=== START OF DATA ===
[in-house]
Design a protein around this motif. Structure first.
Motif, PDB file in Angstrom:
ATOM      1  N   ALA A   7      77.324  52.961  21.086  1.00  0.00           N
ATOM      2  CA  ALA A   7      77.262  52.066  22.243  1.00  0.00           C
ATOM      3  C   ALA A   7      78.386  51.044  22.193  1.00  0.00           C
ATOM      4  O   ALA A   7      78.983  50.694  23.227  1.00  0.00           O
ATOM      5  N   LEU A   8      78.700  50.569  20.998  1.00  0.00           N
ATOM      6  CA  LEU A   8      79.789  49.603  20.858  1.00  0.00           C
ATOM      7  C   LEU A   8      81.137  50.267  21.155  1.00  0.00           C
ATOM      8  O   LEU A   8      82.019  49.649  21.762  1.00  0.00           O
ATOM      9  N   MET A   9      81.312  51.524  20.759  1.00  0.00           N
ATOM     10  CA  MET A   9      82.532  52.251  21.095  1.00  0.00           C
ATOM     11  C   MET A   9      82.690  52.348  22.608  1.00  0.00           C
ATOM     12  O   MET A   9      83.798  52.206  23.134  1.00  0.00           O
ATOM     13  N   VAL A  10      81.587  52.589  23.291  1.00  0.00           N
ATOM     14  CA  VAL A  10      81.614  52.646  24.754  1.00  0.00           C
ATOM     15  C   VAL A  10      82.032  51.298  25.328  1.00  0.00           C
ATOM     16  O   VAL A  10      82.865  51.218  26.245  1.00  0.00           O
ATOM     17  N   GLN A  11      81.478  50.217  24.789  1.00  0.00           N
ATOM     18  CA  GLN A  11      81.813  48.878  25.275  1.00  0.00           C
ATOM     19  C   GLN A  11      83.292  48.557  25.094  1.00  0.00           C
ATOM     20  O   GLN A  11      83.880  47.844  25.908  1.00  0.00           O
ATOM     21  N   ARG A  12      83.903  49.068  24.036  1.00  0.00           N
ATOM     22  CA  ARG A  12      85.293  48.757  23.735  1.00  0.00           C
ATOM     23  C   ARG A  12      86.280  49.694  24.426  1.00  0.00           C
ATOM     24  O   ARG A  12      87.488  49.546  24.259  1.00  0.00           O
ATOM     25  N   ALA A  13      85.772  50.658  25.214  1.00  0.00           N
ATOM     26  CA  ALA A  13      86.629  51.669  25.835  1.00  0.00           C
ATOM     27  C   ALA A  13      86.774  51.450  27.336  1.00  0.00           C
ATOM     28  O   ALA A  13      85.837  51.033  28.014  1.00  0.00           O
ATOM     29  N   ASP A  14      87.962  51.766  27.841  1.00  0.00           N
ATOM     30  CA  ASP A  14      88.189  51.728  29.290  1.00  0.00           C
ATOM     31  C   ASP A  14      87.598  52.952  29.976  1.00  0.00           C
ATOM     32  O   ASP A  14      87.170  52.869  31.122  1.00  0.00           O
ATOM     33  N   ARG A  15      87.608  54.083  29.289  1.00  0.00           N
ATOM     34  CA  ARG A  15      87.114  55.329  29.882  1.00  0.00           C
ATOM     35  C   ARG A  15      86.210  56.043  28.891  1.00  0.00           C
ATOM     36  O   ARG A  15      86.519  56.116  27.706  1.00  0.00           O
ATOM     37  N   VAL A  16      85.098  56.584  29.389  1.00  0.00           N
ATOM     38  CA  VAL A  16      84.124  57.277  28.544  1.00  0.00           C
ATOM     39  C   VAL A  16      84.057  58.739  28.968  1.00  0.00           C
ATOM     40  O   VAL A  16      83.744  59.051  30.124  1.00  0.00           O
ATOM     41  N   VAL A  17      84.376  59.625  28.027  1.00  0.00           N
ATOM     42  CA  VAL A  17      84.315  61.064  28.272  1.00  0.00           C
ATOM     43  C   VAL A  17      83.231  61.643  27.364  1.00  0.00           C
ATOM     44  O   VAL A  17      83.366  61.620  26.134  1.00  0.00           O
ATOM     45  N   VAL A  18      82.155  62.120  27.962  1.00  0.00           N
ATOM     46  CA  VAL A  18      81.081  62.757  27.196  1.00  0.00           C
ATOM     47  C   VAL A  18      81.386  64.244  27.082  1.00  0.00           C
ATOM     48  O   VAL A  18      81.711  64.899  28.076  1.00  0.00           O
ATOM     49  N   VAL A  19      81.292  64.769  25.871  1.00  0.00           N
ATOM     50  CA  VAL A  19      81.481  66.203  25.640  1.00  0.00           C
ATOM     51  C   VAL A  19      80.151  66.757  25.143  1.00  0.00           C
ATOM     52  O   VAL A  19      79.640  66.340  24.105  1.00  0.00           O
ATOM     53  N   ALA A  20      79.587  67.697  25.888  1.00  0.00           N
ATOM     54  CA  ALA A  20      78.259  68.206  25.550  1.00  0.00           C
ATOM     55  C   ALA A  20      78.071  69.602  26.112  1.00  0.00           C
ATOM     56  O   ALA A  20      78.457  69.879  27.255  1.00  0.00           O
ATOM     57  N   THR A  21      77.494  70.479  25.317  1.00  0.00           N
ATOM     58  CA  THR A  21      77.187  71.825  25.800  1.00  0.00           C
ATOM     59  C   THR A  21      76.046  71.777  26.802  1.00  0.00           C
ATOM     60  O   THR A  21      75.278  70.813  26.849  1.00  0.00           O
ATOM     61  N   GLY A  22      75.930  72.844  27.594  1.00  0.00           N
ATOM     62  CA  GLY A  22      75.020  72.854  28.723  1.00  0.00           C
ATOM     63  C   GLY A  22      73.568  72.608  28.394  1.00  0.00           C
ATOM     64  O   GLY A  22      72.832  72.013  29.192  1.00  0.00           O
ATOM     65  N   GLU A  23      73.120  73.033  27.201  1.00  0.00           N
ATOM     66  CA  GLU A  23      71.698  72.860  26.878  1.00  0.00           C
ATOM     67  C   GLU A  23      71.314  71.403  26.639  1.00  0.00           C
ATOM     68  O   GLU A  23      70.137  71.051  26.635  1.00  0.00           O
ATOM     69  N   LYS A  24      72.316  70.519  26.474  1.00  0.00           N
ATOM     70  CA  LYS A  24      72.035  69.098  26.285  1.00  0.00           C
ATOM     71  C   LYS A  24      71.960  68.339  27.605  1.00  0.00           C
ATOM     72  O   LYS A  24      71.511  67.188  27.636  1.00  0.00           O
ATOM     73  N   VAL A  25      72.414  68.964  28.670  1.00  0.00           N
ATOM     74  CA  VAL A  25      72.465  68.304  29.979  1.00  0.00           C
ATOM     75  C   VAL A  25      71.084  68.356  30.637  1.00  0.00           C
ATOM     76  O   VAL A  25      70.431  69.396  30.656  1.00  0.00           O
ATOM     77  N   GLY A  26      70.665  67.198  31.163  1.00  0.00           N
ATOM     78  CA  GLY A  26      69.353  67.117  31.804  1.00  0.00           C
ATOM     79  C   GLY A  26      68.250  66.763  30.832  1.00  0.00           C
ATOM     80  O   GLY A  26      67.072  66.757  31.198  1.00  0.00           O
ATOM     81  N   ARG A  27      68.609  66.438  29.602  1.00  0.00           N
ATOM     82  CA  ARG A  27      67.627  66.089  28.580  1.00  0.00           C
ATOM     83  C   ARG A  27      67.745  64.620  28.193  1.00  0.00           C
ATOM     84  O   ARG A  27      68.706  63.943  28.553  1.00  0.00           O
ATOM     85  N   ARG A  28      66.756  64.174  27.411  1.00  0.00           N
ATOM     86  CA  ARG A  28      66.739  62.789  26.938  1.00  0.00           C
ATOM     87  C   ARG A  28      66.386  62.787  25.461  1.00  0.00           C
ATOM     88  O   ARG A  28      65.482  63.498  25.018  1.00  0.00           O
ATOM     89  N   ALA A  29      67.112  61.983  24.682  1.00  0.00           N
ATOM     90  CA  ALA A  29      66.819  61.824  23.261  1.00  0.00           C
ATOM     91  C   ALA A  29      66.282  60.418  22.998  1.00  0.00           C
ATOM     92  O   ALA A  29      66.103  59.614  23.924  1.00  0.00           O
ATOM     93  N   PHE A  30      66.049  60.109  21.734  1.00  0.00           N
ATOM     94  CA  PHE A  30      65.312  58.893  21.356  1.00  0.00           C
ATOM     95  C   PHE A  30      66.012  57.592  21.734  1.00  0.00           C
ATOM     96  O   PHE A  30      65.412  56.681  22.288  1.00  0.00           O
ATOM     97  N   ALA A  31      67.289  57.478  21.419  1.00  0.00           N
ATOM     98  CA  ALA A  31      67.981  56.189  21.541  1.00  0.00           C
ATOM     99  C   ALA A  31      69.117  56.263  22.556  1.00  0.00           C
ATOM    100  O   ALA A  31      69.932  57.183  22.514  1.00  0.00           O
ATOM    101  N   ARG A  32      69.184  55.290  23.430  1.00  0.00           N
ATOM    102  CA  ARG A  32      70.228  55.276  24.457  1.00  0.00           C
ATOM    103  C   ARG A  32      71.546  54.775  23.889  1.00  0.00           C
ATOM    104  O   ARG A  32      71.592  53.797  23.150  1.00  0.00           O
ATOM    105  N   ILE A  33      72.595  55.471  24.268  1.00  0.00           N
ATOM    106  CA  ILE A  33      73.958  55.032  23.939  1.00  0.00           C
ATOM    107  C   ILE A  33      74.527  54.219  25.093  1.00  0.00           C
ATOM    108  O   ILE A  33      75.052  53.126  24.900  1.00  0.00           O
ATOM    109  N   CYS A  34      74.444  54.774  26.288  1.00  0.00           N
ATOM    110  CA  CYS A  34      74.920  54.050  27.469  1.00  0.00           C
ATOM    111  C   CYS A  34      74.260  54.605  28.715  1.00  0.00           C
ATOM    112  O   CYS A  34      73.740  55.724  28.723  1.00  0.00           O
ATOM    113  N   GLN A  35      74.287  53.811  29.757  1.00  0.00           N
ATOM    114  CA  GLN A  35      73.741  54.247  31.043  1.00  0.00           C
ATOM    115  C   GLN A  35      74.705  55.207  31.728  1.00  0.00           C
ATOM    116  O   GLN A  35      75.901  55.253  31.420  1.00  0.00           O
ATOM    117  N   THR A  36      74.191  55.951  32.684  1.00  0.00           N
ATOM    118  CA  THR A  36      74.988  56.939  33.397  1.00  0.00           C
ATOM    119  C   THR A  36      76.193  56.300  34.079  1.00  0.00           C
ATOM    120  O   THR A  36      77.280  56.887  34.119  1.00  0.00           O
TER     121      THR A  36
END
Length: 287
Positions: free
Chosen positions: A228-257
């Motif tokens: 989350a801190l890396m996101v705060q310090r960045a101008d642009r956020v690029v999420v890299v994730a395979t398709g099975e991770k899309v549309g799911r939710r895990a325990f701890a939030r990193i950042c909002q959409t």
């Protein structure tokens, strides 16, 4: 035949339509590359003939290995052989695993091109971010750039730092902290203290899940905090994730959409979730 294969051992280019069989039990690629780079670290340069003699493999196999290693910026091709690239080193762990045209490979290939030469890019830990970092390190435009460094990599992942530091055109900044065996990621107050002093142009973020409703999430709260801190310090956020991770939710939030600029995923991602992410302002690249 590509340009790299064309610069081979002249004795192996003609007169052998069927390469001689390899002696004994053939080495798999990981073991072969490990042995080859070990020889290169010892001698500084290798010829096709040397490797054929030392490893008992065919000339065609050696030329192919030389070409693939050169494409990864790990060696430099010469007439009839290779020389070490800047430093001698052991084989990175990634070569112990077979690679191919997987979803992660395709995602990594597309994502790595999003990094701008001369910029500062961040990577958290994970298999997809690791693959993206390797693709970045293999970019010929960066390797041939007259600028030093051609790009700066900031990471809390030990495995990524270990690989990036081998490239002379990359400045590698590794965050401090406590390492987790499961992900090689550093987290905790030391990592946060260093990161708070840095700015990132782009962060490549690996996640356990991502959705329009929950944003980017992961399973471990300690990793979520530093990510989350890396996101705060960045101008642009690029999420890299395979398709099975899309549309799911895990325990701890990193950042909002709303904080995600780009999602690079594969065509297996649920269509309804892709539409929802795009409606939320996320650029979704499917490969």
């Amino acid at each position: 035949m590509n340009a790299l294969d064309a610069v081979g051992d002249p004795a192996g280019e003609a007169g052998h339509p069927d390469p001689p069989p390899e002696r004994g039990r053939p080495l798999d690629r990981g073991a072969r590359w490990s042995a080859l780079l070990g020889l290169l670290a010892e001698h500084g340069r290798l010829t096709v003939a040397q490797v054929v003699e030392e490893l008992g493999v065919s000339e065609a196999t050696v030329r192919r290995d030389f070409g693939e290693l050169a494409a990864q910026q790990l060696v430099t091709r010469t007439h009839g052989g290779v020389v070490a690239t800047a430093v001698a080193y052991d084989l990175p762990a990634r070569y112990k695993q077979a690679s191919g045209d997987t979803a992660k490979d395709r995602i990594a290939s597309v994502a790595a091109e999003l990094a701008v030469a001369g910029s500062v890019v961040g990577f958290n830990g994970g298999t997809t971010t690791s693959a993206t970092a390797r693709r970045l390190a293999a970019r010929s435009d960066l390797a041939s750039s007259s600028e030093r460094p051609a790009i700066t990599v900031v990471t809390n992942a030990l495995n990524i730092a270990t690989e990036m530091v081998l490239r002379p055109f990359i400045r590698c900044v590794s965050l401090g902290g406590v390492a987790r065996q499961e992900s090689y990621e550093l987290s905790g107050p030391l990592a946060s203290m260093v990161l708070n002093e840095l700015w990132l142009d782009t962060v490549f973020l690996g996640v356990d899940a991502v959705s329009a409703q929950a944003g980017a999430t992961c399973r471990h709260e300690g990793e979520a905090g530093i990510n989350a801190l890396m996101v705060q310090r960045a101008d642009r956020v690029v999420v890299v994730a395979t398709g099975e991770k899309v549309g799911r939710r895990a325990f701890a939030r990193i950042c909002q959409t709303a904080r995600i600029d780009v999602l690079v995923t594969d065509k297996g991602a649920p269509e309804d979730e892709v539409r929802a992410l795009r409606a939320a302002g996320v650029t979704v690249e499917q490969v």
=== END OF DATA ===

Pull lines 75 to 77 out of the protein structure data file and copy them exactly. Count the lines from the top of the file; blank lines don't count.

ATOM     72  O   LYS A  24      71.511  67.188  27.636  1.00  0.00           O
ATOM     73  N   VAL A  25      72.414  68.964  28.670  1.00  0.00           N
ATOM     74  CA  VAL A  25      72.465  68.304  29.979  1.00  0.00           C